**The Mystery Formula**

On Nov. 1 I found the following sheet of notebook paper with some formulas written on it.

It was tucked away in a remote corner of a bookshelf.

Here it is transcribed with some annotation and easier to read:

ln(C_{p}) + S_{p} = S_{n}

next convert C_{p} see https://en.wikipedia.org/wiki/Prime-counting_function

ln( n / ln(n) ) + S_{p} = S_{n}

ln(n) – ln(ln(n)) + S_{p} = S_{n}

S_{p} = S_{n}+ ln(ln(n)) – ln(n)

ln(n) is same as Sn so make it so below

Sp = Sn + ln(ln(n)) – Sn

Sp = ln(ln(n))

The above was obviously written by me and it was also obvious (to me) that it concerned the relationship of the “vanilla” Harmonic Series and the Harmonic Series of Primes. As a refresher for the reader…

The “vanilla” Harmonic Series is:

The Harmonic Series of Primes is like the “vanilla” Harmonic Series except that all of the denominators of the terms are only primes:

The paper with the Mystery Formulas must have been part of an earlier project that I had abandoned about 3-4 months ago when I was not making any progress. Anyway, that project concerned trying to find a **simple** “proof” of the divergence of the Harmonic Series of Primes.

As I said, I had eventually abandoned the “simple proof” project some months ago because I was not making progress. But what is VERY STRANGE is that:

What is written on that sheet of notebook paper above constitutes a “simple proof” I had been looking for!… Sort Of… Let me explain… It’s fascinating.

But first, I need to explain the nomenclature used. That is, what the “symbols” represent (it’s extremely simple but needs to be understood).

S_{p} is the *sum of the terms of the Harmonic Series of Primes*. That is, S_{p} is the “value” of the series.

S_{n} is the *sum of the terms of the “vanilla” Harmonic Series*

C_{p} is the * Count of the prime numbers* in either S

_{p}or S

_{n}

Ln is the *natural log*

That said, the last formula on the sheet of notebook paper (above) is:

**S _{p} = ln(ln(n))**

The above formula expresses the “value” of the Harmonic Series of Primes. You’ll find the above formula that expresses the value of **S _{p} ** in many places (e.g. Wikipedia). Anyway, as

**n**goes to infinity we can easily see that

**S**

_{p}diverges! That is, the Harmonic Series of Primes diverges.

**S _{p} diverges! This is what I was trying to show, in a simple manner,** in the project I abandoned months ago (due to lack of progress).

So… Do the simple formulas on the Mysterious Sheet of Notebook Paper

actually represent a simple proof that I had been searching for?

Wellllllllll….. maybe.

**It totally depends on whether the first formula is true. And that formula is:**

Formula 1 –> ln(**C**_{p}) + **S**_{p} = **S**_{n}

So is it true? Although I don’t remember doing so, I had apparently written this stuff down some months ago. If I had seen it somewhere I am pretty sure I’d remember. Now what’s really interesting is that, when I look at that first formula (just above),

I can’t think of any reason why adding the log of the count of terms with a prime denominator, to the value of the Harmonic Series of Primes, would equal the value of the vanilla Harmonic Series!!!!??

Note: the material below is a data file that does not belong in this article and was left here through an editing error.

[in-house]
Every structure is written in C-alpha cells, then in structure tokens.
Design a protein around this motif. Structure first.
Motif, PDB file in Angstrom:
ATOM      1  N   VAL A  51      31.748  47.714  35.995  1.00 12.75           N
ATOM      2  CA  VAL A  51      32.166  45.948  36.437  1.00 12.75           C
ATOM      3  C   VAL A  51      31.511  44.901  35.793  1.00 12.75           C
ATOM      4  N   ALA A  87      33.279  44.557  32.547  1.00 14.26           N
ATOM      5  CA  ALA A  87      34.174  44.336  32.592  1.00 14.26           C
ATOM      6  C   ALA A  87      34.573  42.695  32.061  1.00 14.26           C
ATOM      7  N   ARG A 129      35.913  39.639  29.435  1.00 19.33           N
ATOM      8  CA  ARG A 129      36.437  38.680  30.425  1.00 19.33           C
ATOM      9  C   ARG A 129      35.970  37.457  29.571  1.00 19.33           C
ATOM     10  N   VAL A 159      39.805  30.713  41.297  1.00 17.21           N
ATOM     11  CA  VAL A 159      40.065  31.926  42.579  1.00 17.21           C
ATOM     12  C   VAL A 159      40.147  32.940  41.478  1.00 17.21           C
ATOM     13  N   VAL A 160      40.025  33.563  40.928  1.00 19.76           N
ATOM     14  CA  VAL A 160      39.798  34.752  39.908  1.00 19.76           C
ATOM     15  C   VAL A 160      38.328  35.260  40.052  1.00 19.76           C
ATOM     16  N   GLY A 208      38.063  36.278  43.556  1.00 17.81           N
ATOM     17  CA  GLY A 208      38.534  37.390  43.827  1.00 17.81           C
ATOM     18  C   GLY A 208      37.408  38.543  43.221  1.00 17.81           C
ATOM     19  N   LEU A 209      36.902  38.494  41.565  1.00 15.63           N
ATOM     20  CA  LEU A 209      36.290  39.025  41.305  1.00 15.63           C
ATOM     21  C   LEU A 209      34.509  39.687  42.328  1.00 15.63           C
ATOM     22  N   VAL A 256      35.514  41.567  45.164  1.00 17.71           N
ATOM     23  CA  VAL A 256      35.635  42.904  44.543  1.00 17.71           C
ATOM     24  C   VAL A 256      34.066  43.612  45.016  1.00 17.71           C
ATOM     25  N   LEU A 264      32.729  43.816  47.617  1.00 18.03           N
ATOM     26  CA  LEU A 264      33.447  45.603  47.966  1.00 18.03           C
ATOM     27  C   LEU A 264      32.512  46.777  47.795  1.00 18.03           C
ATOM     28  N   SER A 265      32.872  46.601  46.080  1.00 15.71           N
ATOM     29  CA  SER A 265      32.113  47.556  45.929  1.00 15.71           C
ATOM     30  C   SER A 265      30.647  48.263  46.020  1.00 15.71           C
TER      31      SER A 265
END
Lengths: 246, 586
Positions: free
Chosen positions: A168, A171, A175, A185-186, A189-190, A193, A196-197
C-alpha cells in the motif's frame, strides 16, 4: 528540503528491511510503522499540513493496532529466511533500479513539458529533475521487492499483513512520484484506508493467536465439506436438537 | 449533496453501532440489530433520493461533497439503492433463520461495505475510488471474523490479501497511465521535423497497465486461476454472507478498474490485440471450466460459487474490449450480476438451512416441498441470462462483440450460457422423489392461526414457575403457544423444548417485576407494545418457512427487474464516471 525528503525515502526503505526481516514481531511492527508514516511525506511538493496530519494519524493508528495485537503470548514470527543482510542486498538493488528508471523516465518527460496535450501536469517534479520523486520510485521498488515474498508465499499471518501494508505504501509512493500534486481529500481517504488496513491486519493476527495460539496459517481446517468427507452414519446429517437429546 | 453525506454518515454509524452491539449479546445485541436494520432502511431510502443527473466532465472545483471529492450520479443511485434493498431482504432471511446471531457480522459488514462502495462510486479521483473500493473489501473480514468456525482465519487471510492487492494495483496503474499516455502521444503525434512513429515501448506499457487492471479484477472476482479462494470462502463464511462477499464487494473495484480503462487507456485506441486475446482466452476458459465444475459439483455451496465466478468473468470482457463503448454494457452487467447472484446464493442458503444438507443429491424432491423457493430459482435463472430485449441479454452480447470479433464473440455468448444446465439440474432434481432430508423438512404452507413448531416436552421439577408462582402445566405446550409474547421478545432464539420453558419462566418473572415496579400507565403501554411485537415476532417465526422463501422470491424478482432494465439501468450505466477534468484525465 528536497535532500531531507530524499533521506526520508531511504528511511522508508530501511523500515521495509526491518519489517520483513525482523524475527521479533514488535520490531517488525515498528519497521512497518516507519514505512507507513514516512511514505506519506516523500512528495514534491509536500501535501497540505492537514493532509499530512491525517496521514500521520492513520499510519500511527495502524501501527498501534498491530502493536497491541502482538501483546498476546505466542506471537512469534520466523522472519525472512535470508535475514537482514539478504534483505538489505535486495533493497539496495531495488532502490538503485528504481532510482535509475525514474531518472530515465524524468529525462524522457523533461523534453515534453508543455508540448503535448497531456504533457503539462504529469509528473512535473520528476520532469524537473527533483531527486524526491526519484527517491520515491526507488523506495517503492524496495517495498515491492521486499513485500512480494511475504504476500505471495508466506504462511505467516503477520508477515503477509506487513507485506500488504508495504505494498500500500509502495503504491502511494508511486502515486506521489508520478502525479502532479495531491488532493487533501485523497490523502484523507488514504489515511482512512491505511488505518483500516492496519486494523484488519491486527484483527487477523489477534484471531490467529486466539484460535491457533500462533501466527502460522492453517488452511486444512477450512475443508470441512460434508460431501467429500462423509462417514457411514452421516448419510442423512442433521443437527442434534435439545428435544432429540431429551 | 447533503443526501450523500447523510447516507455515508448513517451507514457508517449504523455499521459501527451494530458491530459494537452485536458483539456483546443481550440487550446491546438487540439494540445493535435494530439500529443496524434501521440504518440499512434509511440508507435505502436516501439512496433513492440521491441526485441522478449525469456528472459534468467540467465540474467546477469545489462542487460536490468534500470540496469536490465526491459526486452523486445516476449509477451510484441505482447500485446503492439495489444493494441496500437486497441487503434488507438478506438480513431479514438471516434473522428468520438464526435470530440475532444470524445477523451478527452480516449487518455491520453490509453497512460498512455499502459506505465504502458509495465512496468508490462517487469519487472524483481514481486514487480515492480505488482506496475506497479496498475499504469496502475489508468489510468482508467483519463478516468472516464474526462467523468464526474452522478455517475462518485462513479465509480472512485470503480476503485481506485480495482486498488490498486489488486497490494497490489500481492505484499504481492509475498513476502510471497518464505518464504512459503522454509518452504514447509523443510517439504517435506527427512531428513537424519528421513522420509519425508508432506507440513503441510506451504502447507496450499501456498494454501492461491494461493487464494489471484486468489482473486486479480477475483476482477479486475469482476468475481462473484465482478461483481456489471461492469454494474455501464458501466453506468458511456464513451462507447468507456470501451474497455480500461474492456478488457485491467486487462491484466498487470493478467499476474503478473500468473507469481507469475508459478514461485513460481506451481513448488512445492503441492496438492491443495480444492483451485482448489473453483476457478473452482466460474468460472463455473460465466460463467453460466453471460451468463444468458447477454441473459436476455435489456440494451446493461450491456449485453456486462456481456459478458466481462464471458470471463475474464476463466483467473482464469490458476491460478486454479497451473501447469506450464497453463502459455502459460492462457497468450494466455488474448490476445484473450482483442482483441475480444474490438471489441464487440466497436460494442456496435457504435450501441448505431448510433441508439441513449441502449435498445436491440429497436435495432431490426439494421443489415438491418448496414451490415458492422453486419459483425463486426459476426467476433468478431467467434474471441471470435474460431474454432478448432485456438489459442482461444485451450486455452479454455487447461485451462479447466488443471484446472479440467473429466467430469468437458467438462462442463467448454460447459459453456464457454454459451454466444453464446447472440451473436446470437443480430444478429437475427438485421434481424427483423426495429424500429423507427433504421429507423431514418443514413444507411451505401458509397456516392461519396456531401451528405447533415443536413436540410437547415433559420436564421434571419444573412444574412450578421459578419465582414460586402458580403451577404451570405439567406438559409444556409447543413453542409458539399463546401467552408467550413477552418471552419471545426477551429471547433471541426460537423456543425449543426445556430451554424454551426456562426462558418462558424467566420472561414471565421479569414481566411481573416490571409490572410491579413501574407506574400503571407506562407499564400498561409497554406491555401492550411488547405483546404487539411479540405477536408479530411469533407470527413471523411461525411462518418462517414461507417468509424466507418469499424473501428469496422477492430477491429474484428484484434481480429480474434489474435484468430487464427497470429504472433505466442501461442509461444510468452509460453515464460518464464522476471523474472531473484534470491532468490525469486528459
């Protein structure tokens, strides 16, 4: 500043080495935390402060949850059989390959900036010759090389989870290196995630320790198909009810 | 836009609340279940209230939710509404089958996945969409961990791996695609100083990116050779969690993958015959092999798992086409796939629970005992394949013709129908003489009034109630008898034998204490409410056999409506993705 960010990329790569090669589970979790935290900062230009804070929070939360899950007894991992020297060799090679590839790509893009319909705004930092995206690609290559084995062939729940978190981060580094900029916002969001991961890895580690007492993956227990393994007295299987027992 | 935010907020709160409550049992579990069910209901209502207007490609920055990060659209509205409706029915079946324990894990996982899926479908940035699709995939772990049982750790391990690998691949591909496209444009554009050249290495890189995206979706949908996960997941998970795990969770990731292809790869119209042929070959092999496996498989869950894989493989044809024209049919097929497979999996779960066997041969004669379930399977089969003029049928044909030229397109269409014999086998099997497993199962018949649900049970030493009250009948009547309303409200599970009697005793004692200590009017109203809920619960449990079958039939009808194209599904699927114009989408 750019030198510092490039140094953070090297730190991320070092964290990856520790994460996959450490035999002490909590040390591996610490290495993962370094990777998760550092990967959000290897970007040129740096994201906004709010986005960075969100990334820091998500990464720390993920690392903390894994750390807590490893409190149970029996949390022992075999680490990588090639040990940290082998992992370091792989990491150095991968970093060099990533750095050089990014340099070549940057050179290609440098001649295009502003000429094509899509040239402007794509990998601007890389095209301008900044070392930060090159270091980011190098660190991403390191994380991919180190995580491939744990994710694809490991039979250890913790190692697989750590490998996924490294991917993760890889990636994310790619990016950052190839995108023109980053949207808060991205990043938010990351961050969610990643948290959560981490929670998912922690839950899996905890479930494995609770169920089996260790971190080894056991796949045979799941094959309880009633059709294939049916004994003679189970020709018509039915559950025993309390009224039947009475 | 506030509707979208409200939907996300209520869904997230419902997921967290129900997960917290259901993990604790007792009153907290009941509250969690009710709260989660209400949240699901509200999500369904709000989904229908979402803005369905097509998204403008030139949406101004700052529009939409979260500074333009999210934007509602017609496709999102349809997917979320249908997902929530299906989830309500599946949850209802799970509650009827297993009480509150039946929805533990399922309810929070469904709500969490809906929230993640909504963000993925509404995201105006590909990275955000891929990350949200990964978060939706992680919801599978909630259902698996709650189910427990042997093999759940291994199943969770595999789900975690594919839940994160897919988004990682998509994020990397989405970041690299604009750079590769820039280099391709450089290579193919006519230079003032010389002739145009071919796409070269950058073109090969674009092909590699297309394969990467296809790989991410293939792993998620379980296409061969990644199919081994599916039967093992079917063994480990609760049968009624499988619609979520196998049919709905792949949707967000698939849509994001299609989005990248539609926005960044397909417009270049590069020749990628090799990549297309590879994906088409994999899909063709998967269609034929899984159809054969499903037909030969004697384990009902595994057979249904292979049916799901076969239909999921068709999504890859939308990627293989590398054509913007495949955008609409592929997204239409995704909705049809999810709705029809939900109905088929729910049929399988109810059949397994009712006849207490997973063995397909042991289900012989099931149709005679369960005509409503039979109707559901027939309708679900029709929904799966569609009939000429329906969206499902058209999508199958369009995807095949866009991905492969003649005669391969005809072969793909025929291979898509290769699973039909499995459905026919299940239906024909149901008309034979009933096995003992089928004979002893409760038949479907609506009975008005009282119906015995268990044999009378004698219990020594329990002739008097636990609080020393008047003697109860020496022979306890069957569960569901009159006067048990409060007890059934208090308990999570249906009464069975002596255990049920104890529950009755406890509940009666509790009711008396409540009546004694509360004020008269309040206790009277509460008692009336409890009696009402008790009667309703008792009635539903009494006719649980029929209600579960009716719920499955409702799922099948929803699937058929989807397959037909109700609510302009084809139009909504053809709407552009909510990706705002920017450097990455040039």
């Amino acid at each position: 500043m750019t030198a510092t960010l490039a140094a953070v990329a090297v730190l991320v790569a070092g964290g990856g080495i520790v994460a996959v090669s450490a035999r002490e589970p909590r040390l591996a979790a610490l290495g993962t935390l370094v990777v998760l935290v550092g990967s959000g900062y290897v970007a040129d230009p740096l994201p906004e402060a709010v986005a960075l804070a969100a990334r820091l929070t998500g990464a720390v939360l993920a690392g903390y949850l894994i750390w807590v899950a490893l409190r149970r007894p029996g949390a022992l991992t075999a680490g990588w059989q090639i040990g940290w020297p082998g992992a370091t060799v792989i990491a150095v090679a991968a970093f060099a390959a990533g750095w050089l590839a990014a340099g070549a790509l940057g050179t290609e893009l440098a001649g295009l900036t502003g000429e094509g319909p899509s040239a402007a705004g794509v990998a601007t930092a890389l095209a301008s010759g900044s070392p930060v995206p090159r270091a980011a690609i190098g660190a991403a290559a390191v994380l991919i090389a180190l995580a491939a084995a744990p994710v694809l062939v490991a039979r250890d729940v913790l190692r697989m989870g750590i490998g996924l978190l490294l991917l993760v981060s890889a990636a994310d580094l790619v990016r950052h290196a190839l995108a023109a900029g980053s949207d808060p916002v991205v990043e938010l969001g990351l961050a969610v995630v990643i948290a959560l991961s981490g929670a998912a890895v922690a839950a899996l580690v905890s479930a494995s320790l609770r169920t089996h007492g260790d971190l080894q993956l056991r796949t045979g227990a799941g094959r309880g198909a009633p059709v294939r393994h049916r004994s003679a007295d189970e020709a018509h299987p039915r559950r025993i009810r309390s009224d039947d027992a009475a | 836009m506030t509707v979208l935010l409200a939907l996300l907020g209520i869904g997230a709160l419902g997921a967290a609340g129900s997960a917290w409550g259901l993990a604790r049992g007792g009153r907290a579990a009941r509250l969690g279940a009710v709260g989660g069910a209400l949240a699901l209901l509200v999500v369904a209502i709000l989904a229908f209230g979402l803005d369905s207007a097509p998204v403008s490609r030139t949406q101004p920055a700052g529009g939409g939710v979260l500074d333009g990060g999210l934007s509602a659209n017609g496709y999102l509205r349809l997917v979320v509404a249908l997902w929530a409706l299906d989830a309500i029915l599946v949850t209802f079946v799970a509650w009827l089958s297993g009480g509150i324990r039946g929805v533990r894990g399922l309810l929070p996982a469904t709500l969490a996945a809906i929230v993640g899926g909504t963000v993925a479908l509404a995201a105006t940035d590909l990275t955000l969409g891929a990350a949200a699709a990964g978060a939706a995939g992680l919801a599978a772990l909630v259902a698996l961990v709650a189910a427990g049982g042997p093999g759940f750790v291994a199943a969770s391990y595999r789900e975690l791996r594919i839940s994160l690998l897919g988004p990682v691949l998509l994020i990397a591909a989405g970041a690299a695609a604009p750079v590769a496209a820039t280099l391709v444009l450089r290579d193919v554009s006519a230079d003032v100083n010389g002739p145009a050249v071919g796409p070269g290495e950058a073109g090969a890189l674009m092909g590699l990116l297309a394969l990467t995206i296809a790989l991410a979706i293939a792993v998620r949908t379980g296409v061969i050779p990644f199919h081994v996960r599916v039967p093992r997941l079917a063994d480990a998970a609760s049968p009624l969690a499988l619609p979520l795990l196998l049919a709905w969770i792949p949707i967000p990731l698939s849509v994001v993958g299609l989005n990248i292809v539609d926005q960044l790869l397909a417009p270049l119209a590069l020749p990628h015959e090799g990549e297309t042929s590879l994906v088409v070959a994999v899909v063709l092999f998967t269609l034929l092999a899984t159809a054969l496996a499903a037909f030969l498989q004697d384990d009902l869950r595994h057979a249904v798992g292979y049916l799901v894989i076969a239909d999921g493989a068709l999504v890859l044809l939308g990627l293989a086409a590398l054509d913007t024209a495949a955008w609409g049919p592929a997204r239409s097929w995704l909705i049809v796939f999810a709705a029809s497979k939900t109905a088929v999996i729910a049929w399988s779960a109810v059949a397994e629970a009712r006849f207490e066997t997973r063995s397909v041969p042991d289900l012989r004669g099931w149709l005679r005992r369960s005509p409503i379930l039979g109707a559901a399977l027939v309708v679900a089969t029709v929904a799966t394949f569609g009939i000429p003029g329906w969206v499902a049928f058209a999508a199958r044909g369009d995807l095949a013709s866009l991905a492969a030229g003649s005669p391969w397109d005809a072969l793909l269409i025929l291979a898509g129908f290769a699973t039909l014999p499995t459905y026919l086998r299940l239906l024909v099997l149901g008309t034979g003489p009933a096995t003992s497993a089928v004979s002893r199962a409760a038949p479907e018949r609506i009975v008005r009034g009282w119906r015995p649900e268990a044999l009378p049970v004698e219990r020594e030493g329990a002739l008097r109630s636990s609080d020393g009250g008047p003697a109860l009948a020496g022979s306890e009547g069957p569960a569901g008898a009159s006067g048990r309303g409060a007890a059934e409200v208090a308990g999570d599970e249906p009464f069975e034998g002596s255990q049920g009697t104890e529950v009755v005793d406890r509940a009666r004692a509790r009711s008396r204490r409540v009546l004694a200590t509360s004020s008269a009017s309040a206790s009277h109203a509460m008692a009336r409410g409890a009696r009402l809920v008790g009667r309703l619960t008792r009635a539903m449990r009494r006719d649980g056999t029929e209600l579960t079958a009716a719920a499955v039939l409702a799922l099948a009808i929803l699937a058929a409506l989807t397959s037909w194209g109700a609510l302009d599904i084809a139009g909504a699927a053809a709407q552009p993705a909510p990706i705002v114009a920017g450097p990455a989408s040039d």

I can’t think of a reason; can you? But apparently I thought that in the past! Anyway, I’ll tell you what I __ can__ do. I can “test” the formula over billions of numbers to see if it looks like it holds water. So, while that’s not a proof, per se, it would be good evidence one way or the other. Luckily, doing such an experimental test would be easy because I had already written a

**“**

*to help with my first attempt at finding a simple proof of the divergence of the Harmonic Series of Primes.*

**SumOfReciprocals” program**All that was needed was a few lines of code to display, at the end of each test, the values of each term in Formula 1 (above). For each test execution, the * SumOfReciprocals program* has already accumulated the values for

**C**

_{p},

**S**

_{p}, and

**S**

_{n}so all that was needed was to display them in the log. Just below you can find a screen print of one such

*test execution. Click on it to see it full size.*

**SumOfReciprocals**As it turned out, the test results appear to show that the left side of the equation asymptotically approaches the right side of the equation. i.e.

ln(**C**_{p}) + **S**_{p} ~ **S**_{n}

Here is a spreadsheet showing the results of the above where the values of the denominators range from 1..10^{9 } (1 to 1 Billion).

The spreadsheet and associated chart show the results of

**S**_{n }

_{_____________________________}** **

**ln(****C**_{p}**) + ****S**_{p}** **

As the above ratio approaches 1, it demonstrates that the left side of the equation approaches the right side. That is, that **ln(****C**_{p}**) + ****S**_{p}** approaches ****S**_{n}

So where does that leave us?

-1- Based on some experimental evidence, it’s my conjecture that ln(**C**_{p}) + **S**_{p} ~ **S**_{n}

-2- If the conjecture is true, then the series of formulas on the notebook paper constitutes a very simple proof of the divergence of the Harmonic Series of Primes.

So, all that said, how would we prove ln(C_{p}) + S_{p} ~ S_{n} ** ? **I’ve thought about it for some time and I can’t think of any reason why ln(C_{p}) would play any role at all! But the experimental results appear to powerfully indicate otherwise!

It’s all a mystery and now the original project has morphed into something much more interesting…

Proving (or disproving)

ln(C_{p}) + S_{p} ~ S_{n}

The End

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